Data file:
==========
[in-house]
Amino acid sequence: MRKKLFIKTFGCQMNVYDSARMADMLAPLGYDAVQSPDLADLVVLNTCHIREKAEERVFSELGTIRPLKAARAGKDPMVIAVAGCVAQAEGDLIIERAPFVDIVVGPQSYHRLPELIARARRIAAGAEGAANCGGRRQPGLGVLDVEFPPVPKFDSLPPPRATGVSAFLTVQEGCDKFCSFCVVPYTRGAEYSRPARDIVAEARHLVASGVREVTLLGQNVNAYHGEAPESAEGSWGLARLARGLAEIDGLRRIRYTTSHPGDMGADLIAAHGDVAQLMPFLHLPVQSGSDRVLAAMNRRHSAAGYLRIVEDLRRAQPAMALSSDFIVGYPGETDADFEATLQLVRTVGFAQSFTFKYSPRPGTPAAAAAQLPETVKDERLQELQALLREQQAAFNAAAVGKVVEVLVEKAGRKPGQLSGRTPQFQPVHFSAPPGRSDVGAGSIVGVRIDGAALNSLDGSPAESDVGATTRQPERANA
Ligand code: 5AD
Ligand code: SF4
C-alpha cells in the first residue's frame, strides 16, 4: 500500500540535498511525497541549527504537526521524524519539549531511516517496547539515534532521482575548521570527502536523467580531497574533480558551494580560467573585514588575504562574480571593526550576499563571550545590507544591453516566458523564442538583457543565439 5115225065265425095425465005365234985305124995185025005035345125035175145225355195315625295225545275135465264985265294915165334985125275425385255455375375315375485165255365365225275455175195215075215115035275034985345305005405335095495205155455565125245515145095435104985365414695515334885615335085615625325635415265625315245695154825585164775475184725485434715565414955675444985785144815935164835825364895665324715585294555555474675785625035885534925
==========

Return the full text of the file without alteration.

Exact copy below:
[in-house]
Amino acid sequence: MRKKLFIKTFGCQMNVYDSARMADMLAPLGYDAVQSPDLADLVVLNTCHIREKAEERVFSELGTIRPLKAARAGKDPMVIAVAGCVAQAEGDLIIERAPFVDIVVGPQSYHRLPELIARARRIAAGAEGAANCGGRRQPGLGVLDVEFPPVPKFDSLPPPRATGVSAFLTVQEGCDKFCSFCVVPYTRGAEYSRPARDIVAEARHLVASGVREVTLLGQNVNAYHGEAPESAEGSWGLARLARGLAEIDGLRRIRYTTSHPGDMGADLIAAHGDVAQLMPFLHLPVQSGSDRVLAAMNRRHSAAGYLRIVEDLRRAQPAMALSSDFIVGYPGETDADFEATLQLVRTVGFAQSFTFKYSPRPGTPAAAAAQLPETVKDERLQELQALLREQQAAFNAAAVGKVVEVLVEKAGRKPGQLSGRTPQFQPVHFSAPPGRSDVGAGSIVGVRIDGAALNSLDGSPAESDVGATTRQPERANA
Ligand code: 5AD
Ligand code: SF4
C-alpha cells in the first residue's frame, strides 16, 4: 500500500540535498511525497541549527504537526521524524519539549531511516517496547539515534532521482575548521570527502536523467580531497574533480558551494580560467573585514588575504562574480571593526550576499563571550545590507544591453516566458523564442538583457543565439 5115225065265425095425465005365234985305124995185025005035345125035175145225355195315625295225545275135465264985265294915165334985125275425385255455375375315375485165255365365225275455175195215075215115035275034985345305005405335095495205155455565125245515145095435104985365414695515334885615335085615625325635415265625315245695154825585164775475184725485434715565414955675444985785144815935164835825364895665324715585294555555474675785625035885534925